All estimates were adjusted for race and ethnicity.
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Hu K, Staiano AE. Trends in Obesity Prevalence Among Children and Adolescents Aged 2 to 19 Years in the US From 2011 to 2020. JAMA Pediatr. 2022;176(10):1037–1039. doi:10.1001/jamapediatrics.2022.2052
Obesity among youth is a major public health concern in the US.1,2 Childhood obesity is associated with cardiometabolic comorbidities throughout life.3 This study aimed to examine changes in obesity prevalence among US youth using the most recently released nationally representative data from 2011 to 2020.
This cross-sectional study used data from the National Health and Nutrition Examination Survey (NHANES), a cross-sectional survey representing the US population, for 2011 to 2012, 2013 to 2014, 2015 to 2016, and 2017 to 2020.4 The 2017 to 2020 data set consisted of data from 2017 until the COVID-19 pandemic in March 2020 that ended data collection for the 2019 to 2020 period. Combining the results of operations from 2019 to March 2020 and 2017 to 2018, the data maintained a nationally representative estimate. The response rate was 69.5% in 2011 to 2012 and declined to 46.9% in 2017 to 2020.4 Weight and height were measured using standardized techniques and equipment. Body mass index (BMI) was calculated as weight in kilograms divided by height in meters squared. The Pennington Biomedical Research Center Institutional Review Board deemed this study as non–human participant research. The study followed the STROBE reporting guideline.
Data were categorized by age group: 2 to 5 years, 6 to 11 years, 12 to 19 years, and 2 to 19 years. Obesity for children and adolescents was defined as BMI for age at or above the 95th percentile based on the Centers for Disease Control and Prevention growth chart.5 Parents reported child race and ethnicity and sex.
We estimated prevalence of obesity and 95% CIs using NHANES sampling weights (mobile examination center [MEC]), stratification, and clustering to account for complex sample design in all analyses. Linear trends across all years were tested using logistic regression.6 Statistical significance was P < .05. Statistical analyses were performed using IBM SPSS Statistics for Windows, version 25.0 (IBM Corp) and SAS, version 9.4 (SAS Institute Inc).
The study included 14 967 children and adolescents (mean [SD] age, 9.81 [5.07] years; 7613 [50.9%] boys and 7354 [49.1%] girls). Among youth aged 2 to 19 years, the prevalence of obesity increased from 16.9% (95% CI, 14.9%-18.9%) in 2011 to 2012 to 19.7% (95% CI, 18.0%-21.5%) in 2017 to 2020 (Table and Figure). Overall, obesity increased from 16.7% to 20.9% for boys (P for trend = .0084) but not for girls (P for trend = .35) between the 2011 to 2012 and 2017 to 2020 periods (Figure). As shown in the Table, the prevalence of obesity also increased significantly in children aged 2 to 5 years but not in children aged 6 to 11 years or adolescents aged 12 to 19 years.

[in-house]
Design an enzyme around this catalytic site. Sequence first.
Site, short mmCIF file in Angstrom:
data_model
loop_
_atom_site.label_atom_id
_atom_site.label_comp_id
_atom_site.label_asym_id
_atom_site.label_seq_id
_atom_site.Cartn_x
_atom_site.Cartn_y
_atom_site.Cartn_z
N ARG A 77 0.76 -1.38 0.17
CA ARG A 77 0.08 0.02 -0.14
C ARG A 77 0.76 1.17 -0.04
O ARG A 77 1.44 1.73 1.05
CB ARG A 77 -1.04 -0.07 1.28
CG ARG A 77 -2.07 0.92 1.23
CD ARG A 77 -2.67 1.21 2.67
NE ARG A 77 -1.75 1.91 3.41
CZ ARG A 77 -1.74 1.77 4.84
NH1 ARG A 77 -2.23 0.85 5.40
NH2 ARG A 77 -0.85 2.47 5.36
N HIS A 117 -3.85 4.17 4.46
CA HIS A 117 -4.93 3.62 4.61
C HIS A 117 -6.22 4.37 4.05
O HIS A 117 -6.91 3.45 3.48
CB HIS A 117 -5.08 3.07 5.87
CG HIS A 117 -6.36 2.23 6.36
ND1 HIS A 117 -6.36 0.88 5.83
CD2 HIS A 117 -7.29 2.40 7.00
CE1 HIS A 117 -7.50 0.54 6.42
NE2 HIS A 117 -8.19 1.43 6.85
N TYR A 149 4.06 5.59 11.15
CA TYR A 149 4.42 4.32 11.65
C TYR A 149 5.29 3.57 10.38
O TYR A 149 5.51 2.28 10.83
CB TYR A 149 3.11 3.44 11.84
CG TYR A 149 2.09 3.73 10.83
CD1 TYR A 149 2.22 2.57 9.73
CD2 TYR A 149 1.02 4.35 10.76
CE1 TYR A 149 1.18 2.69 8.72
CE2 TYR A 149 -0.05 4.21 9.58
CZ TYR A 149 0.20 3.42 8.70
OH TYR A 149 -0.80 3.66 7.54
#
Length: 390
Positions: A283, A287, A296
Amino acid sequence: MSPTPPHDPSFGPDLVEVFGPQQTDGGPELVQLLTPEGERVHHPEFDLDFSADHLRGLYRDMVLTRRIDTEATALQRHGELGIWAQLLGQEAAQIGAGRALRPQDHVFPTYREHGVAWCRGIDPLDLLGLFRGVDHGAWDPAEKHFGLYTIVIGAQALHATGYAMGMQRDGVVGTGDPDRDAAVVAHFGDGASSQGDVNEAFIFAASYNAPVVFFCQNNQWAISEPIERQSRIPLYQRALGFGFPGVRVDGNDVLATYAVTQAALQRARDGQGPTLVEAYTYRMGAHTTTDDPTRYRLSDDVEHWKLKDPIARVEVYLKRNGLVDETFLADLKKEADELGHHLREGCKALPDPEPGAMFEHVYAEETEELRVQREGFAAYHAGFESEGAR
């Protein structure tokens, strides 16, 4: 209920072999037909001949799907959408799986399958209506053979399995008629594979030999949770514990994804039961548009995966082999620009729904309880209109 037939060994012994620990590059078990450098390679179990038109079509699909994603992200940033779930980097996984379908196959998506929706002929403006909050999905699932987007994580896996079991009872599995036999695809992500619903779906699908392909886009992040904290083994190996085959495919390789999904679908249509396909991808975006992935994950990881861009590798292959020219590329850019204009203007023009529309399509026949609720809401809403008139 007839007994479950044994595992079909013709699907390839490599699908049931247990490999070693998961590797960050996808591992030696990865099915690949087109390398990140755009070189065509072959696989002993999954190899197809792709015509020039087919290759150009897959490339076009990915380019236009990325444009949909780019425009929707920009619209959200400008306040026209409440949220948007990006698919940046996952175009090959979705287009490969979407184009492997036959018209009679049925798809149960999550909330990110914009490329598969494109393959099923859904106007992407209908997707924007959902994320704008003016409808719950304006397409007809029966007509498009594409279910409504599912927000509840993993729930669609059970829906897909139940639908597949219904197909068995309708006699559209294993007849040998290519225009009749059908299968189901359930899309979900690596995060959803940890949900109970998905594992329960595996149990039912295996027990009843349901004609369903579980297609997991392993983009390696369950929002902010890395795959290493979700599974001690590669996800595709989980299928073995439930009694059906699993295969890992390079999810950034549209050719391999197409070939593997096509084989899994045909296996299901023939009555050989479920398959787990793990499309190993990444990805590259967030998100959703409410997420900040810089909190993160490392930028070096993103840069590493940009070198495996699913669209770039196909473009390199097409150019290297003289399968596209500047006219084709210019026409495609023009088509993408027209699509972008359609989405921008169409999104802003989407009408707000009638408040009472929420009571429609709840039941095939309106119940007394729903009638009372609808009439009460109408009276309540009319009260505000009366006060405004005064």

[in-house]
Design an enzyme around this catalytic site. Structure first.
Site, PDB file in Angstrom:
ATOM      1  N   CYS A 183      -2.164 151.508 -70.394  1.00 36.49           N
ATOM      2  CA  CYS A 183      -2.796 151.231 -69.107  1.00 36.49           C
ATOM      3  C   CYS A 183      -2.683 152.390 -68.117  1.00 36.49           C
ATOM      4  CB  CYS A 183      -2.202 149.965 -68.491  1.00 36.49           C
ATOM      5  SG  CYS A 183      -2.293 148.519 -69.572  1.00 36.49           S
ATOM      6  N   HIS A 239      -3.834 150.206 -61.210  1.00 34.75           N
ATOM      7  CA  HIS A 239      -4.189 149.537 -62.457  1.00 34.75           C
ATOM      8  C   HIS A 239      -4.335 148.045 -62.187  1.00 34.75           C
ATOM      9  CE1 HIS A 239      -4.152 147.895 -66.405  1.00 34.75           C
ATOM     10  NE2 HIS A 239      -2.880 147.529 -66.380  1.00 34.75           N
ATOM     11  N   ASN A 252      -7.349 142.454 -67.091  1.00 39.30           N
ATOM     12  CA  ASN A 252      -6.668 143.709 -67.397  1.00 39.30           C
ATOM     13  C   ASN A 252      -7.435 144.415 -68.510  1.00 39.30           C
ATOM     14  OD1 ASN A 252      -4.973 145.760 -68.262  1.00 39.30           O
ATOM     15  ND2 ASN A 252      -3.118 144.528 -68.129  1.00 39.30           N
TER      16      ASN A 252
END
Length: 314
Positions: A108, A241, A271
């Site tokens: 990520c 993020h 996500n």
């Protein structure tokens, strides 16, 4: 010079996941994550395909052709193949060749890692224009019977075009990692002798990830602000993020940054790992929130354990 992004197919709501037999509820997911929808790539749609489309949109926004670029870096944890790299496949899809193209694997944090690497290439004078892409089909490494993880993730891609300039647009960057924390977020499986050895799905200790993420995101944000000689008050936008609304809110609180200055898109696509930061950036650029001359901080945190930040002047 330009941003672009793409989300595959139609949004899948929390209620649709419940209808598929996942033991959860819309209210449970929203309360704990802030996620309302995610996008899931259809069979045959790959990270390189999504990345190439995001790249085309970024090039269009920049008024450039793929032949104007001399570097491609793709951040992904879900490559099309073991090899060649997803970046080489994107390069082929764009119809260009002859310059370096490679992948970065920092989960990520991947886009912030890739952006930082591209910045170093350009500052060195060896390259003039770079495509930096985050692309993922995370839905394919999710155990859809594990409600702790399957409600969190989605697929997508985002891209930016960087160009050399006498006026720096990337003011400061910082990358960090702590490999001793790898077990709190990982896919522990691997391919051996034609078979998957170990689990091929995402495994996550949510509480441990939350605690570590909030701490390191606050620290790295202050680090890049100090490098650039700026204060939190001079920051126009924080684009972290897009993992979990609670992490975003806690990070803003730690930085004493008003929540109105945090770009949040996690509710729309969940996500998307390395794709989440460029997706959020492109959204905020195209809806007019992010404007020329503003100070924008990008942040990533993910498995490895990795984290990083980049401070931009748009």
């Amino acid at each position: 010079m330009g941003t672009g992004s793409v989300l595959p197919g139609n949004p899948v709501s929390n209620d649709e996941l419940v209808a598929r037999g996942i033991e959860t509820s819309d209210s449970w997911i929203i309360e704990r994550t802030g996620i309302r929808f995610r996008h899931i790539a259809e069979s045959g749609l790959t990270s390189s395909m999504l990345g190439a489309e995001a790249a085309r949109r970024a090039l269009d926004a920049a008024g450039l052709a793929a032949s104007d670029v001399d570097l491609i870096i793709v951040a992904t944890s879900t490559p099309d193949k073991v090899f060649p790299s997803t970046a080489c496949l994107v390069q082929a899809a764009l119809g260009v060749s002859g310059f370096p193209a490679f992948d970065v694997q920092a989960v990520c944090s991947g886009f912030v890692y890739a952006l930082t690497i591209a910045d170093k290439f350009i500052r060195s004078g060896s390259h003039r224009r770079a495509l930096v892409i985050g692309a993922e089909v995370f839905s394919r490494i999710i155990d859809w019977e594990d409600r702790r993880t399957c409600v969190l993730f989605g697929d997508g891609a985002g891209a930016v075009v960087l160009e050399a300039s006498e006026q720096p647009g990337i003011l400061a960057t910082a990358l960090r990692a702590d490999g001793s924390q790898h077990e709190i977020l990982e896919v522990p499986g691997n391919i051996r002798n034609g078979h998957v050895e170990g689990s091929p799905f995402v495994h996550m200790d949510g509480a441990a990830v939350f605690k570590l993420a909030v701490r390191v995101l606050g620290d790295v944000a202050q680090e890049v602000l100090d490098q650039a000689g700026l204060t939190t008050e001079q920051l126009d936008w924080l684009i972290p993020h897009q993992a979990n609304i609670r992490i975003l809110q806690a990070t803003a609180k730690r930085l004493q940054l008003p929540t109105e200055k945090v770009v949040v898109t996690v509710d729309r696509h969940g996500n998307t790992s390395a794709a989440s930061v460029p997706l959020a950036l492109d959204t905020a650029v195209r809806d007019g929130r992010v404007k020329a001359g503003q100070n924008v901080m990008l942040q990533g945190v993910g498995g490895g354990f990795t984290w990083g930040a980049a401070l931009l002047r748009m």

Among all participants, there were significant increased trends for obesity from the 2011 to 2012 to the 2017 to 2020 periods for Mexican American (22.4% to 26.2%; P for trend = .03) and non-Hispanic Black (20.2% to 24.8%; P for trend = .02) individuals but not for non-Hispanic White (P for trend = .33) individuals overall. There was a significant increase for non-Hispanic White 2- to 5-year-old children (P for trend = .001; 2011-2012: 3.4 [0.8-6.0], 2013-2014: 7.1 [3.3-11.0], 2015-2016: 12.4 [7.8-17.0], 2017-2020: 9.9 [7.3-12.6]) but for no other specific race or ethnicity by age group.
Between 2011 to 2012 and 2017 to 2020, obesity increased for children aged 2 to 5 years and 2 to 19 years and for Mexican American and non-Hispanic Black children. A limitation of the study is the decreased response rates for NHANES. Moreover, there was a small sample size and low cases of obesity when we stratified data among different ages and races and ethnicities. Because of the significant increase in obesity, there is an urgent need for identification of antecedents and correlates of adiposity and cardiometabolic risk for early obesity prevention.
Accepted for Publication: April 24, 2022.
Published Online: July 25, 2022. doi:10.1001/jamapediatrics.2022.2052
Correction: This article was corrected on October 23, 2023, to correct pervasive errors resulting from the removal of weights during the final analyses to include race and ethnicity as a covariate. The corrected analyses resulted in changes to many of the prevalence rates reported in the text, Table, and Figure.
Corresponding Author: Amanda E. Staiano, PhD, Pediatric Obesity and Health Behavior Laboratory, Pennington Biomedical Research Center, 6400 Perkins Rd, Baton Rouge, LA 70808 (email@example.com).
Author Contributions: Dr Staiano had full access to all of the data in the study and takes responsibility for the integrity of the data and the accuracy of the data analysis.
Concept and design: Staiano.
Acquisition, analysis, or interpretation of data: All authors.
Drafting of the manuscript: All authors.
Critical revision of the manuscript for important intellectual content: Staiano.
Statistical analysis: Hu.
Administrative, technical, or material support: Staiano.
Conflict of Interest Disclosures: None reported.
Funding/Support: This work was partially supported by a NORC Center grant (P30DK072476) from the National Institutes of Health (NIH)/National Institute of Diabetes and Digestive and Kidney Diseases and grant U54 GM104940 from the NIH/National Institute of General Medicine Sciences, which funds the Louisiana Clinical and Translational Science Center.
Role of the Funder/Sponsor: The NIH had no role in the design and conduct of the study; collection, management, analysis, and interpretation of the data; preparation, review, or approval of the manuscript; and decision to submit the manuscript for publication.